Reviewed for Shockya.com & BigAppleReviews.net linked from Rotten Tomatoes by: Harvey Karten
Director: Agnieszka Holland
Writers: Marek Epstein, Martin Sulc, Jaroslav Sedlácek
Cast: Ivan Trojan, Josef Trojan, Juraj Loj, Jaroslava Pokorná, Jirí Cerný, Miroslav Hanus, Ladislav Kolár
Screened at: Critics’ link, NYC, 5/25/21
Opens: July 23, 2021
More than sixty percent of Americans take supplements, whether they be vitamins, minerals, or herbs. These additions to people’s diets are unregulated by the FDA, amid lobbying by the industry to keep government out of our bodies. The argument continues to rage whether herbs do any good, or whether they shorten people’s lives because some refuse medical treatment until it’s too late. Here’s a similar argument that has been raging, one probably more so by the people of the Czech Republic and Slovakia than here in the U.S. Have you heard of Jan Mikolasek? Do you know why his profession has people debating to this day? The Czechs today would be flattered if you get to know him, and this picture is a good way to do that, one even more interesting than the well-researched tomes as in Wikipedia.
“Charlatan” is a biopic by Agnieszka Holland, who was born in Warsaw but studied film in Czechoslovakia and whose “Washington Square (l997) is an adaptation of the Henry James novel set in 19th-century New York City. Among all her films, that might be the best known by Americans, about a wealthy spinster with an overbearing father who is pursued by a handsome fortune hunter. Now with “Charlatan,” a Czech-Irish-Polish-Slovak look at a man who acquired great wealth and is looking more for a male sexual partner than undeserved money, Holland gives the title character a fair shake until the concluding scenes.
The question that Holland takes up and which viewers of the film keep in the backs of their minds throughout: was Jan Mikolásek (Ivan Trojan), played in flashback to his younger self by Josef Trojan, a charlatan? That is, does he pull the wool over people’s eyes, convincing them to partake of cures for their ailments simply to lighten their wallets? Or, does he actually believe in everything he is doing and is really curing people? You will go away from this movie convinced of the latter. His motto could be: belief is half the cure, plants are the remaining cure. How does director Holland make us believe this? The best test is that when the Nazis overrun Czechoslovakia in the late thirties, they make Mikolásek take a test that would awe people in the health sector. He is given 29 samples of urine and has to guess the ailment of each donor. And he does so to the satisfaction of his examiners! Yes: he can tell people’s ailments by putting clear bottles of their specimens up to a strong light, shaking each donation around like an oenophile on a glass of Chardonnay, and declaring: kidney; liver; diabetes; and what-have-you.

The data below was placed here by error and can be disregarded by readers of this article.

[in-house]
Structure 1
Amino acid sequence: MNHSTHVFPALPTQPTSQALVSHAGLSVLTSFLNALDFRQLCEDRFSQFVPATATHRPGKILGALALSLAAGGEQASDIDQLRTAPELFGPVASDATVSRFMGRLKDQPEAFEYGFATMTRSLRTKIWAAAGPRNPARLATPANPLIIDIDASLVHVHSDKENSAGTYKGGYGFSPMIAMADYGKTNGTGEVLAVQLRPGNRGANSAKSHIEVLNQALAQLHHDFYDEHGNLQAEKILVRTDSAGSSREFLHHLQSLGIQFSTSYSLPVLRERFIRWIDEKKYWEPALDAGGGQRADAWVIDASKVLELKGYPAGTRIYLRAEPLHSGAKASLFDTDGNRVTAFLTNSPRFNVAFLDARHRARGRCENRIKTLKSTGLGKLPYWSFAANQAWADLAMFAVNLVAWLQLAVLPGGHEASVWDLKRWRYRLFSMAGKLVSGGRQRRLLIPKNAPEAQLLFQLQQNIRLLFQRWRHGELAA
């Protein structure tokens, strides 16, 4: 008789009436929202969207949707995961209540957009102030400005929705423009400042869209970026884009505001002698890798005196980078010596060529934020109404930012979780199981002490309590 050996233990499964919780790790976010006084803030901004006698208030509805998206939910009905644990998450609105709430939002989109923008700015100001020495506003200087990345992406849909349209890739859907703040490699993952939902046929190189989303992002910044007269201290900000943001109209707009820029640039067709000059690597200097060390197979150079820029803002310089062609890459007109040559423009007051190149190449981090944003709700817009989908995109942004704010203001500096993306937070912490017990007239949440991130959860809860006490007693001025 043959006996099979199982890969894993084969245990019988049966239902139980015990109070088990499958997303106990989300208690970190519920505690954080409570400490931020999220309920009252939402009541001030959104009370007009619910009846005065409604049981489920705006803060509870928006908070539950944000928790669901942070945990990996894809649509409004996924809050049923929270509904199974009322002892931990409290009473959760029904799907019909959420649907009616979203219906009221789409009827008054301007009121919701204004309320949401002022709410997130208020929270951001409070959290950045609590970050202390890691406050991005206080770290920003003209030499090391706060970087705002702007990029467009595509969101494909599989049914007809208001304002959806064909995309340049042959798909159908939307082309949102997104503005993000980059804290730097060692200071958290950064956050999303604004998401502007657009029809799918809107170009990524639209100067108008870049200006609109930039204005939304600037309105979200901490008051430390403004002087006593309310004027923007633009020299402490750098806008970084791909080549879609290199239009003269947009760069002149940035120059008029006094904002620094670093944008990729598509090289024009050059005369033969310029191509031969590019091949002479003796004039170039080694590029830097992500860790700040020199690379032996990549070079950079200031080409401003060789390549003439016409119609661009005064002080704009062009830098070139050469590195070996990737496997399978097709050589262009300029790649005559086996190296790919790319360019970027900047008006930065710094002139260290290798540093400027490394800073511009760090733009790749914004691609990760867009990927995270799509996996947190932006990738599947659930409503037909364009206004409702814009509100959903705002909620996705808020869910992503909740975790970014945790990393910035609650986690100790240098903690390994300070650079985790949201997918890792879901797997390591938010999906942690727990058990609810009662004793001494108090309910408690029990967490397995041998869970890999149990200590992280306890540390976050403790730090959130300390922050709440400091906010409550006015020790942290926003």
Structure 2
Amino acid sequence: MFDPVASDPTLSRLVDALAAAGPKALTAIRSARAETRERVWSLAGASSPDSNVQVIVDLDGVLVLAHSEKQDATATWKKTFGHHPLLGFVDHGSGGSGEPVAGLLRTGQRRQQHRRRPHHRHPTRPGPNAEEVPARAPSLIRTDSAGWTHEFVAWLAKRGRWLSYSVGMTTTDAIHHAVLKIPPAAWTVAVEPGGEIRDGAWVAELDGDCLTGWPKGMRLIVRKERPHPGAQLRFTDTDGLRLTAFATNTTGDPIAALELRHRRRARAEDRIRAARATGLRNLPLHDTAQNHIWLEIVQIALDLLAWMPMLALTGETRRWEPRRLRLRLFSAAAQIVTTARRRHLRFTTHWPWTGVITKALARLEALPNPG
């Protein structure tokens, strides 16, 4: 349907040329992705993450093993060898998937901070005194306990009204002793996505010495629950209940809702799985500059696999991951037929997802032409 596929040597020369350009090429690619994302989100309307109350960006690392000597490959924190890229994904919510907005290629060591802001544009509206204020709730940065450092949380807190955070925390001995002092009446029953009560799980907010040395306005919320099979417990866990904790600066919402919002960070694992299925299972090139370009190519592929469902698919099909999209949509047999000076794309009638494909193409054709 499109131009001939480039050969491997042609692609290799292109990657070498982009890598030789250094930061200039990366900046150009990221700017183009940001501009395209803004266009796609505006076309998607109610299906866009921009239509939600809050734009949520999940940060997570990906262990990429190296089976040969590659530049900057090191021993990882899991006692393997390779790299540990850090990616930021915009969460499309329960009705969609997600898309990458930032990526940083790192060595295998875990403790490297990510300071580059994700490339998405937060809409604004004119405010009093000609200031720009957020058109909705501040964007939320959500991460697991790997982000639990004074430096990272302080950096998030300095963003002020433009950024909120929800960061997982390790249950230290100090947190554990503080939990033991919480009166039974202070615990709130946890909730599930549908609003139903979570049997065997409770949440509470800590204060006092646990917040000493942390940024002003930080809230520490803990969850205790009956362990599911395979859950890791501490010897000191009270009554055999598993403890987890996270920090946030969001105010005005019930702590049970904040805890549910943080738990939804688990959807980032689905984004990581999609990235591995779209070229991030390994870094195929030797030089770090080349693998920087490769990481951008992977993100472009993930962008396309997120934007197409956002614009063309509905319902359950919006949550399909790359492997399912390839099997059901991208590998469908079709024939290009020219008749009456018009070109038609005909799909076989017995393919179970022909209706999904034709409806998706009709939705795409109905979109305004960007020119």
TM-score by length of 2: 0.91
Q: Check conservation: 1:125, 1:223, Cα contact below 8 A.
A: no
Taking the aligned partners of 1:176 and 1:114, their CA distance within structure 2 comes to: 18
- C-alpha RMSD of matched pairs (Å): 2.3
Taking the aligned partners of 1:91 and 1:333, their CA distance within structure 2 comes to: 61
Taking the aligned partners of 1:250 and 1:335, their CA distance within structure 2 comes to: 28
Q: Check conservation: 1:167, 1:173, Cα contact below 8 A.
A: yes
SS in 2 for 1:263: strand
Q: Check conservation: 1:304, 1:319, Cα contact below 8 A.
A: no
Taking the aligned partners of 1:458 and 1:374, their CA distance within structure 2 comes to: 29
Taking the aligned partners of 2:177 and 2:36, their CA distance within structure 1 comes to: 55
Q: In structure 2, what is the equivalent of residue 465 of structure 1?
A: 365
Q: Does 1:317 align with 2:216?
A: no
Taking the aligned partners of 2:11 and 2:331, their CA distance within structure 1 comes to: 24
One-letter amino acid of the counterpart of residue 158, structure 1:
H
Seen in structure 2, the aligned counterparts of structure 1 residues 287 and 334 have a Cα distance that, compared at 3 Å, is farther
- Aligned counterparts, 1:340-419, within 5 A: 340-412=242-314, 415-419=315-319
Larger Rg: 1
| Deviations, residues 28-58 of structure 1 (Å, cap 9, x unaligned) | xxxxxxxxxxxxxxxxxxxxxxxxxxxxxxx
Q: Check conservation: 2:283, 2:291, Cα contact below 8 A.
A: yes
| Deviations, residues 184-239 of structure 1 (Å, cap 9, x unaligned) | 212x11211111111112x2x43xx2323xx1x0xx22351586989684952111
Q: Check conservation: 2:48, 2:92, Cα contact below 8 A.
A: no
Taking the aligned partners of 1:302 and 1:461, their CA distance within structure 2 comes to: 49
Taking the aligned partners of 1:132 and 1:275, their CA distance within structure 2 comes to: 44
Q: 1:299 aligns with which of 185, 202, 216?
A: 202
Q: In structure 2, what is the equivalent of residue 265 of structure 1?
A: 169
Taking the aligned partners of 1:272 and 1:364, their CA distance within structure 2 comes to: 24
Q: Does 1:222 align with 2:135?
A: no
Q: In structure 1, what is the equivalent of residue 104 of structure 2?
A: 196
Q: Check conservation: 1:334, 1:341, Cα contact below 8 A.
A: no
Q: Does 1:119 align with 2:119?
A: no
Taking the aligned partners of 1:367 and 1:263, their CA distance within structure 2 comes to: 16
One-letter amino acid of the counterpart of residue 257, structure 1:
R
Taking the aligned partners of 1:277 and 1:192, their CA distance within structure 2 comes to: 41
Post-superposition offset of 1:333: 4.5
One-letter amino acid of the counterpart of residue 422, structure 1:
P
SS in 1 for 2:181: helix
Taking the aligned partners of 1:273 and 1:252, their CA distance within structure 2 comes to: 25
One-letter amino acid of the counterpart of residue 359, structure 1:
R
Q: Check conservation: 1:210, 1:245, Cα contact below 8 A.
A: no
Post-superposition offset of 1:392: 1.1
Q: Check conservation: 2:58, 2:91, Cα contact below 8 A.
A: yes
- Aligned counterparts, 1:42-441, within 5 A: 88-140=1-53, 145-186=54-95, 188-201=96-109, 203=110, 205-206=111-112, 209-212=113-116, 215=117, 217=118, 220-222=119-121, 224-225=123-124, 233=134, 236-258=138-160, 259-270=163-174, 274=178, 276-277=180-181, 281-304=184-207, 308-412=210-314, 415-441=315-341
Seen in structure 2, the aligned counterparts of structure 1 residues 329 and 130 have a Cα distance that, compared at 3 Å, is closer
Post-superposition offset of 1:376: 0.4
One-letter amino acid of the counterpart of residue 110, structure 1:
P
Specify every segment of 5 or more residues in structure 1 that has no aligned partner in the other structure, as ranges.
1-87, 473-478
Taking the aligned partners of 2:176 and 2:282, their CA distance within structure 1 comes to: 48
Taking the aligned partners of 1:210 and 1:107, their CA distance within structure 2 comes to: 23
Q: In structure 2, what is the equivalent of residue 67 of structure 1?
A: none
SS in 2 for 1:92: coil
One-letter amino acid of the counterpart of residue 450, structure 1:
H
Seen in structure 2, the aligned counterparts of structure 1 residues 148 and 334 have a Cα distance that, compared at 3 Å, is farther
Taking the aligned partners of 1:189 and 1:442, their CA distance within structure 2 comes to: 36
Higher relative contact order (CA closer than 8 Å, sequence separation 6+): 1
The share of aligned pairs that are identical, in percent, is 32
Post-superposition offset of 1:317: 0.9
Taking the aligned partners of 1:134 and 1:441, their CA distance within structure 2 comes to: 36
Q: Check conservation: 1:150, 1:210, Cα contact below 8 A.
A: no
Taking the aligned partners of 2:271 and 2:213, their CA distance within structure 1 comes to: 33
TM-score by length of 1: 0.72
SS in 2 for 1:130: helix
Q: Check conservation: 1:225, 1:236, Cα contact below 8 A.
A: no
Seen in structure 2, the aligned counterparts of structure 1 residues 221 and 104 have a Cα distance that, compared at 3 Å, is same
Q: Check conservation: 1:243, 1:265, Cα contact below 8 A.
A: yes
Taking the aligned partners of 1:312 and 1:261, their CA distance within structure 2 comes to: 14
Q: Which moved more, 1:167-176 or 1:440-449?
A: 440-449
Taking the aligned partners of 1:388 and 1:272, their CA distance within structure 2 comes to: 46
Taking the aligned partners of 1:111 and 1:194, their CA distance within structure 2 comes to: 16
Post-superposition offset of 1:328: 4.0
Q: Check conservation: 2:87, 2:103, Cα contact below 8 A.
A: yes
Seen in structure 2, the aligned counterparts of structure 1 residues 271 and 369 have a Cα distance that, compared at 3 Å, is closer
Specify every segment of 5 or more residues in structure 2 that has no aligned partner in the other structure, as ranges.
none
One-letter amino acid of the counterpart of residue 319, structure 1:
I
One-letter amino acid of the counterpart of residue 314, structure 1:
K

Holland takes us from his young manhood when he becomes like an intern to herbalist Mrs. Muolbacherova (Jaroslava Pokorna), whose hair-trigger personality is matched by Mikolásek’s. Later when political sponsor and client Antonin Zapotocky dies, Mikolásek is thrown victim to Stalinist authorities, harassed by them in similar ways to his victimhood at the hands of the Gestapo. (If you paid attention in high-school history, you’ll know that Czechoslovakia had the unfortunate experience of conquest by Nazi Germany, later to fall into the occupation of the Soviet Union.)
Considerable time is spent on Frantisek Palko (Juraj Loj), a poorly educated laborer who is hired as Mikolásek’s assistant simply because the young man offers complete loyalty. Their homosexual affair is not appreciated by the authorities and may have led them to look upon the herbalist with increased hostility. Near the conclusion, when both men are on trial, accused of poisoning an official with tea laced with strychnine, Mikolásek offers the court a defense that seems at first beyond belief, but then makes sense when you realize that despite the way he had honestly earned a living, acquiring a fancy car and villa but donating considerable sums to cash-strapped patients, he has a lust for living at all costs.
The film is blessed by Ivan Trojan’s shattering performance in the title role, an actor with an impressive résumé of TV movies and episodes, and Czech-centered films like “Bullet for Heydrich.” Like many artful European pictures, there is little music on the soundtrack to compete with dialogue, though there is occasional use of Dvorak compositions; and who could oppose that?
In Czech with English subtitles.
118 minutes. © 2021 by Harvey Karten, Member, New York Film Critics Online
Story – A-
Acting – A-
Technical – B+
Overall – A-